This was an impressive undertaking, given the heat, the distance and the painful foot blisters (shown in all their graphic glory!).

I found myself unexpectedly moved when Mr Wood – or ‘Lev’ as he introduced himself – reached the end of his epic journey and dived into the sea before an emotional reunion with his family.

I’ll be honest and say I haven’t watched all four episodes although I’ve seen bits of the previous ones, showing Levison travelling through Ethiopia and Sudan.  It was the final leg of his journey – through Egypt – that I wanted to see.  I’d hoped this might show Egypt in a light that would encourage tourists to return.  In this wish, I was disappointed.

I’m sure much of the challenge for Levison Wood was to be seen to walk through parts of the world that might be described as ‘trouble spots’.  He’s a battle-hardened man, who’s made a name for himself trekking across war zones.  But, to me, it was disappointing to see Egypt given this treatment.

I’m not so naive as to think everything in the garden is rosy in Egypt.  The News reports over the weekend of clashes in Cairo marking the 4-year anniversary of the Revolution to topple Hosni Mubarak – which have left 18 people dead – are testament enough to the on-going political unrest.  But I thought the Walking the Nile documentary was overly skewed towards portraying a country apparently rife with gun smugglers, where the atmosphere is one of tension and mistrust of foreigners.

In my 11 visits to Egypt (including trips in each of the last four years 2011-14), I have never experienced this sense of unease at all.  Admittedly, I have been a visitor to Luxor, not to any of the towns previously strongholds for the now outlawed Muslim Brotherhood.  Even so, I thought Egypt was misrepresented in last night’s programme.

Levison Wood paused briefly to enjoy the hospitality of the famous Old Cataract hotel in Aswan.  Previously host to Sir Winston Churchill and Agatha Christie, the hotel was conspicuously devoid of guests.  He also made short stops at some of the temples along Lake Nasser (although we weren’t shown him visiting Abu Simbel, despite the promise of the opening titles) and in Luxor.  But the jaw-dropping history and archaeological sites of Egypt were given scant air time, brushed over in favour of scenes of Mr Wood being followed by the police.  In this, too, I felt the Egyptian authorities were done a disservice.  It seemed clear to me the police officers concerned were good natured and concerned for Mr Wood’s safety whilst in their country, nothing more sinister than that.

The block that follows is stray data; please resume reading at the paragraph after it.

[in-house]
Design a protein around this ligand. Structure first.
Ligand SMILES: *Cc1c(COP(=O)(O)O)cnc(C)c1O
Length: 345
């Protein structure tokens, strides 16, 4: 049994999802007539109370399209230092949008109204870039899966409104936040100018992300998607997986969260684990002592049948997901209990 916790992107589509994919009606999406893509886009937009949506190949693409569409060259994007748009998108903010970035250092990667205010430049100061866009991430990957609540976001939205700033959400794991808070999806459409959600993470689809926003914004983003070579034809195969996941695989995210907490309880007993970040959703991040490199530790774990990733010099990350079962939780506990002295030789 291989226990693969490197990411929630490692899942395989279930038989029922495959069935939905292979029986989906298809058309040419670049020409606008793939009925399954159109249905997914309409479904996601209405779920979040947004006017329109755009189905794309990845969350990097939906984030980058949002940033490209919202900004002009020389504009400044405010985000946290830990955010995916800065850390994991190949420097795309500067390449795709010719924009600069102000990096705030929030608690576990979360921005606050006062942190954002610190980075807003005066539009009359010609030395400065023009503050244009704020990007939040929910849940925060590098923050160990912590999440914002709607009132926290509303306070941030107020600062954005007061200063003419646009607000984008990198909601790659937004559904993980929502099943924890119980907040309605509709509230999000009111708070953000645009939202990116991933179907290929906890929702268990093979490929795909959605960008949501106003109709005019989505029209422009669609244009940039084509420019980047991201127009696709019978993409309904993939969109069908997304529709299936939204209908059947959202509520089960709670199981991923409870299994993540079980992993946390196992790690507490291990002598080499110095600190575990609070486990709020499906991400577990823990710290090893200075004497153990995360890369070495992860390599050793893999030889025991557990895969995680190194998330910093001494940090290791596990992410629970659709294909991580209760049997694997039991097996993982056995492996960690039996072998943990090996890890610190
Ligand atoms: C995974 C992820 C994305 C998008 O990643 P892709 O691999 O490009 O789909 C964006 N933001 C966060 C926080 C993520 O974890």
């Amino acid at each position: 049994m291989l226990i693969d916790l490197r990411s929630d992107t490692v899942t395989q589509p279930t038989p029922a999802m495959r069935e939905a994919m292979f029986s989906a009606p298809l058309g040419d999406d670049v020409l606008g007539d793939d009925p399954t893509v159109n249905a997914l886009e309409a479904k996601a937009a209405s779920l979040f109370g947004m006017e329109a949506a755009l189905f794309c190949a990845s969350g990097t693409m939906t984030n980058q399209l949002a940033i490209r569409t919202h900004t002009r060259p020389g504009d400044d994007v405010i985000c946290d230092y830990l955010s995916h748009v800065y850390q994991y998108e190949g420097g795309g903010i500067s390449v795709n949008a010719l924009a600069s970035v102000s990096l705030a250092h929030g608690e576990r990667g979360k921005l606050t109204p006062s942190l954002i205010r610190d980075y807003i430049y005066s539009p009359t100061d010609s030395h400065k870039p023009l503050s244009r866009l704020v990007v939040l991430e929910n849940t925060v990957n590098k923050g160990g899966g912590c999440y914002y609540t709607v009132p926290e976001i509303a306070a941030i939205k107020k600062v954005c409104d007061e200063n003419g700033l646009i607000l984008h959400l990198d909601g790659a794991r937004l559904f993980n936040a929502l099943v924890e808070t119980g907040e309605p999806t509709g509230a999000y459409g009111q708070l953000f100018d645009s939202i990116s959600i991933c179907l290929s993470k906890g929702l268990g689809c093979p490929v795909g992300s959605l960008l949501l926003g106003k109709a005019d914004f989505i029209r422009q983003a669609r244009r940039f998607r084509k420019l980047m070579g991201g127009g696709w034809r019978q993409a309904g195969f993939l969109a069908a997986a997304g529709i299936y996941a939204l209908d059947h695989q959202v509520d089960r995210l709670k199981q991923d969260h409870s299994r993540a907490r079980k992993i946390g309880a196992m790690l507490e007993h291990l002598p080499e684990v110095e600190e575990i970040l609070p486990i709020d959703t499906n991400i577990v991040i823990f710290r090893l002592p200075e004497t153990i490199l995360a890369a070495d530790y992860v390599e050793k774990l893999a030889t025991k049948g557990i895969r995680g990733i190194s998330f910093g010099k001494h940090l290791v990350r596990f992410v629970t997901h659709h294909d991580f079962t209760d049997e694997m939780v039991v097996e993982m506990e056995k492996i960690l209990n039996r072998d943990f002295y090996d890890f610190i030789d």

I’m not sure what it will take for tourists to venture back to Egypt.  To be fair, the purpose of Channel 4’s documentary was not to be a travelogue.  Nevertheless I thought it a shame that such a spectacular country, one with so much to offer its visitors, was represented as a war zone.

I applaud Levison Wood for his courageous journey.  What a remarkable achievement.  Nevertheless, I hope I will be believed when I say Egypt remains a fabulous destination for a holiday.  I hope to go again during 2015, and make it a fifth consecutive year for a visit.  True, I may not have Cairo on my itinerary – and I will certainly avoid the Sinai Peninsula.  But Luxor is a treasure not to be missed.  I hope even Levison Wood would agree with that !

Fiona Deal

Author of Meredith Pink’s Adventures in Egypt – a series of mystery/adventure novels set in Luxor.  Available on Amazon.

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My top 10 historical sites in Egypt

I’ve visited Egypt 11 times in total, since falling in love with it on my first visit with my parents in 1983.  Now I write a fictional adventure / mystery series set there : Meredith Pink’s Adventures in Egypt.  There are six books in the series so far.  Each is a modern adventure with an ancient Egyptian mystery at its heart.

As a frequent visitor to Egypt, I thought it would be fun to compile a list of my favourite places to visit.  This list is my personal top 10, so feel free to disagree with me. I think I’ll do it as a countdown …

IMG_4517So, in at number 10. The stepped pyramid at Sakkara (or Saqqara as it’s sometimes spelled). My lead characters Merry and Adam take a trip to see the stepped pyramid in my first book Carter’s Conundrums. II was last at Sakkara in 2008.

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At number 9, the Temple of Edfu, probably the best preserved of all the ancient Egyptian temples. It dates from the Graeco-Roman period, and is included on any Nile cruise itinerary. It’s the location of a scene in Hatshepsut’s Hideaway, the third book in my series.

Here I am outside the main pylon – March 2008.

 

IMG_4215At number 8, the Temple of Philae, near Aswan. It’s a lovely temple, also dating from the Graeco-Roman period, and dedicated to the goddess Isis. It was rescued by UNESCO as after the British dam was built in the early twentieth century it spent half the year under water. UNESCO moved it piece by piece to the nearby island of Agilika. Not yet used as a location in my books. Here I am in January 2012.